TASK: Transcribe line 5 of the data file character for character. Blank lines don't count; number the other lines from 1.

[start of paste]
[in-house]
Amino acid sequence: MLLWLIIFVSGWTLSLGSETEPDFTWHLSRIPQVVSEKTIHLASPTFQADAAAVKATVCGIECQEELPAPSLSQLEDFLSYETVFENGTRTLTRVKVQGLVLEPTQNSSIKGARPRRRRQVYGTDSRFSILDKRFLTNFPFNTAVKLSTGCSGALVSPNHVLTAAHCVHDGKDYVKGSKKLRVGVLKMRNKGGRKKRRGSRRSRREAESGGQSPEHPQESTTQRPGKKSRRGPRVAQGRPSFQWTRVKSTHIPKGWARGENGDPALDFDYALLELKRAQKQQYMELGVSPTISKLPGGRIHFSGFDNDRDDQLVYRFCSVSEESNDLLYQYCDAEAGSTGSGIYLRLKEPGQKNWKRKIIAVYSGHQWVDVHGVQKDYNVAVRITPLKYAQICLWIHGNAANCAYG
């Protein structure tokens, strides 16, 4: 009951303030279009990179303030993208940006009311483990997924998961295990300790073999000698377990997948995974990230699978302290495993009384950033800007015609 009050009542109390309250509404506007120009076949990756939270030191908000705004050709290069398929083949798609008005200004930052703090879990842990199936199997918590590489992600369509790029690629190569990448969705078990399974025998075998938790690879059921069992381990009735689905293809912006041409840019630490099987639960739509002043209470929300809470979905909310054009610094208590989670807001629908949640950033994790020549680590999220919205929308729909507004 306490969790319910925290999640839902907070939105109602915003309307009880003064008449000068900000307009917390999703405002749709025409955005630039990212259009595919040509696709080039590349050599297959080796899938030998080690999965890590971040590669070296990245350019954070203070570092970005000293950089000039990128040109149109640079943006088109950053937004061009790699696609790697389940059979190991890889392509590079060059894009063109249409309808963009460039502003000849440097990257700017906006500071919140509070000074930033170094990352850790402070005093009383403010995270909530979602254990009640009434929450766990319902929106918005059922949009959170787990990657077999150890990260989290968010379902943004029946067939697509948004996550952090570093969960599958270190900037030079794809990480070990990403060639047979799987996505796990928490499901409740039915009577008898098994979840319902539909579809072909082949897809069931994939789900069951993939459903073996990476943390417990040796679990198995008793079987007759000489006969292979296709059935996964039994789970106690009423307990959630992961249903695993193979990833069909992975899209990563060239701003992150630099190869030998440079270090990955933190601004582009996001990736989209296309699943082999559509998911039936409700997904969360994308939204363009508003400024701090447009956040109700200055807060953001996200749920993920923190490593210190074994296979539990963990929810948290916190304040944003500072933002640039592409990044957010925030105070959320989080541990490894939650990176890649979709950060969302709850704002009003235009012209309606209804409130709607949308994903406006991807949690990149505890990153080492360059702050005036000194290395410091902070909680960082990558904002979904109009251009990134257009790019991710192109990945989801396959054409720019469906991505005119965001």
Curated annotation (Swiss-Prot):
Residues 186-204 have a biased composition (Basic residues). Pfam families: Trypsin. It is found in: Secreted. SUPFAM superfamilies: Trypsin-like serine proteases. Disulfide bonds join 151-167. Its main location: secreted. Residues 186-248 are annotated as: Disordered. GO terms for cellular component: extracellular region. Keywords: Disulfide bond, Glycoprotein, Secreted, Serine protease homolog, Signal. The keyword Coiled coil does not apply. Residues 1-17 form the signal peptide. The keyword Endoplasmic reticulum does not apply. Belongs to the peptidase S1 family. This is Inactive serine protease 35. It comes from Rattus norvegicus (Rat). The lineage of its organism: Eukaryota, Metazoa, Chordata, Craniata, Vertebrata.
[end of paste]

Residues 186-204 have a biased composition (Basic residues). Pfam families: Trypsin. It is found in: Secreted. SUPFAM superfamilies: Trypsin-like serine proteases. Disulfide bonds join 151-167. Its main location: secreted. Residues 186-248 are annotated as: Disordered. GO terms for cellular component: extracellular region. Keywords: Disulfide bond, Glycoprotein, Secreted, Serine protease homolog, Signal. The keyword Coiled coil does not apply. Residues 1-17 form the signal peptide. The keyword Endoplasmic reticulum does not apply. Belongs to the peptidase S1 family. This is Inactive serine protease 35. It comes from Rattus norvegicus (Rat). The lineage of its organism: Eukaryota, Metazoa, Chordata, Craniata, Vertebrata.